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From The Lab to the Factory
Building A Production Machine Learning Infrastructure
Josh Wills, Senior Director of Data Scie...
What is a Data Scientist?

2
One Definition…

3
…versus Another

4
The Two Kinds of Data Scientists
•

The Lab
•

•

•

The Factory
•

5

Statisticians who got
really good at
programming
Ne...
Data Science In The Lab

6
Data Science as Statistics

7
Investigative Analytics

8
Tools for Investigative Analytics

9
Inputs and Outputs

10
On Actionable Insights

11
Data Science In The Factory

12
Building Data Products

13
A Shift In Perspective
Analytics in the Lab

Question-driven
• Interactive
• Ad-hoc, post-hoc
• Fixed data
• Focus on spee...
Data Science as Decision Engineering

15
All* Products Become Data Products

16
Sounds Great. So Who Is Doing This?

17
From The Lab To The Factory

18
The Art of Machine Learning

19
A New Kind of Statistics

20
DevOps for Data Science

21
The Model: Information Retrieval

22
From the Lab to the Factory:
First Steps

23
Step 1: Choose a Good Problem

24
Step 2: DTSTCPWTM

25
Step 3: Log Everything

26
Step 4: Hire (More) Data Scientists

27
Things We’re Working On

28
The Data Science Workflow

29
Identifying the Bottlenecks

30
Myrrix

31
Oryx: Simple and Scalable ML

32
Generational Thinking

33
Working on the Gaps

34
Space Exploration

35
The Limits of Our Models

36
Gertrude: Experimenting with ML
•

Multivariate Testing
•

•

Overlapping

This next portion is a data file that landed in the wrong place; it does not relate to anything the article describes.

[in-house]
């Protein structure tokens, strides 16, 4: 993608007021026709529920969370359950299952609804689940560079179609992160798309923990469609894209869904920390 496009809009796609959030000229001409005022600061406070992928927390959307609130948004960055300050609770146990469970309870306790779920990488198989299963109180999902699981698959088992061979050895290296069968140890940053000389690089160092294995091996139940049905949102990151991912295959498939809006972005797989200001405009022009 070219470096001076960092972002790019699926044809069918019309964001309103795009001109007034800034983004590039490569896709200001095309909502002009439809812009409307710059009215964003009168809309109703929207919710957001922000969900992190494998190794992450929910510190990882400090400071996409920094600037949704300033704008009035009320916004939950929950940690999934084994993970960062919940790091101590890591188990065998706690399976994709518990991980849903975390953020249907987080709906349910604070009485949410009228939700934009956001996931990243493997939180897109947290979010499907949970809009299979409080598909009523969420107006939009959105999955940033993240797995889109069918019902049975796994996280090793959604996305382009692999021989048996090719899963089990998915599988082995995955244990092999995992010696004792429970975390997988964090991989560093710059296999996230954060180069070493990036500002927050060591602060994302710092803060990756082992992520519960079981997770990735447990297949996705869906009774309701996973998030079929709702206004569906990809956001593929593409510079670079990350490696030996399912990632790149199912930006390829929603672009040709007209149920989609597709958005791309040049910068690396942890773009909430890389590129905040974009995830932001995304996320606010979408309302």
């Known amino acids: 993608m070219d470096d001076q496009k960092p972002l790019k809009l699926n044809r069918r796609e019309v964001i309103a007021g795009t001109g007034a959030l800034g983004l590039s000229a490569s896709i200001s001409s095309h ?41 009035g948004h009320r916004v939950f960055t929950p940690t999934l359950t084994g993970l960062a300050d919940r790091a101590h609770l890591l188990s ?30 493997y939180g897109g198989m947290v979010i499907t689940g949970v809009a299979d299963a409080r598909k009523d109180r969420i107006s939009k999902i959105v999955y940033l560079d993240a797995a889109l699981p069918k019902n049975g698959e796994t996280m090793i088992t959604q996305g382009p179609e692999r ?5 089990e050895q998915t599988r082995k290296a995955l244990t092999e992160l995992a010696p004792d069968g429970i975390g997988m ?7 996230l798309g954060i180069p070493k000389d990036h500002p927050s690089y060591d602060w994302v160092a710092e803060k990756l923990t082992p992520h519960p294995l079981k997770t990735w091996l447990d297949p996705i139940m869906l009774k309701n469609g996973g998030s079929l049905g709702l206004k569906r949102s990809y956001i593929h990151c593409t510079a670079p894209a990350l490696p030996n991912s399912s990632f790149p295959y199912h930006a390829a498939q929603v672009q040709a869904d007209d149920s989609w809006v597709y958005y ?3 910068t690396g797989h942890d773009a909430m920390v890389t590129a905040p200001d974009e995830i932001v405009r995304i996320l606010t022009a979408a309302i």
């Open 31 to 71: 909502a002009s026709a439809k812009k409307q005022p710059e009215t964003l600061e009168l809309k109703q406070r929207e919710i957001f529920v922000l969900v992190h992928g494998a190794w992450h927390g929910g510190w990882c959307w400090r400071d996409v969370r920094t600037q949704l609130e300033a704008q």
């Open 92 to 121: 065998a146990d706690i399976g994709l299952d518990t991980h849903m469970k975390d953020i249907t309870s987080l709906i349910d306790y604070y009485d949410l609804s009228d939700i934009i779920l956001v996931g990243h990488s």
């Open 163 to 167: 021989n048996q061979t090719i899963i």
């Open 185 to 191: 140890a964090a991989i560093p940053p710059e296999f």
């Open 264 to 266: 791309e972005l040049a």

Experiments
•
•

37

Define and explore a
space ...
Simple Conditional Logic
•

Declare experiment
flags in compiled code
•

•

38

Settings that can vary
per request

Create...
Separate Data Push from Code Push
•

Validate config files and
push updates to servers
•
•

•

39

Zookeeper via Curator
F...
Computational Hypothesis Testing

40
The Experiments Dashboard

41
A Few Links I Love
•

http://research.google.com/pubs/pub36500.html
•

•

http://www.exp-platform.com/
•

•

Collection of...
One More Thing

43
A Day In The Life of a Data Scientist

44
On Functional Programming

45
On Lineage

46
Thank you!
Josh Wills, Director of Data Science, Cloudera

@josh_wills
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Production machine learning_infrastructure

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Slides from Josh Wills' talk on building machine learning infrastructure at Data Day Texas 2014.

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  • A popular definition. Also, an example of how correlation != causation.
  • A vastly superior definition. ;-)See also: http://www.quora.com/Data-Science/What-is-the-difference-between-a-data-scientist-and-a-statistician/answer/Josh-Wills
  • How I hate this definition.
  • Question-drivenInteractiveAd-hoc, post-hocFixed data
  • Tools focus on speed and flexibility.
  • The source of data is the data warehouse– the ultimate source of truth in the enterprise. The output are reports, charts, maybe a dashboard or two.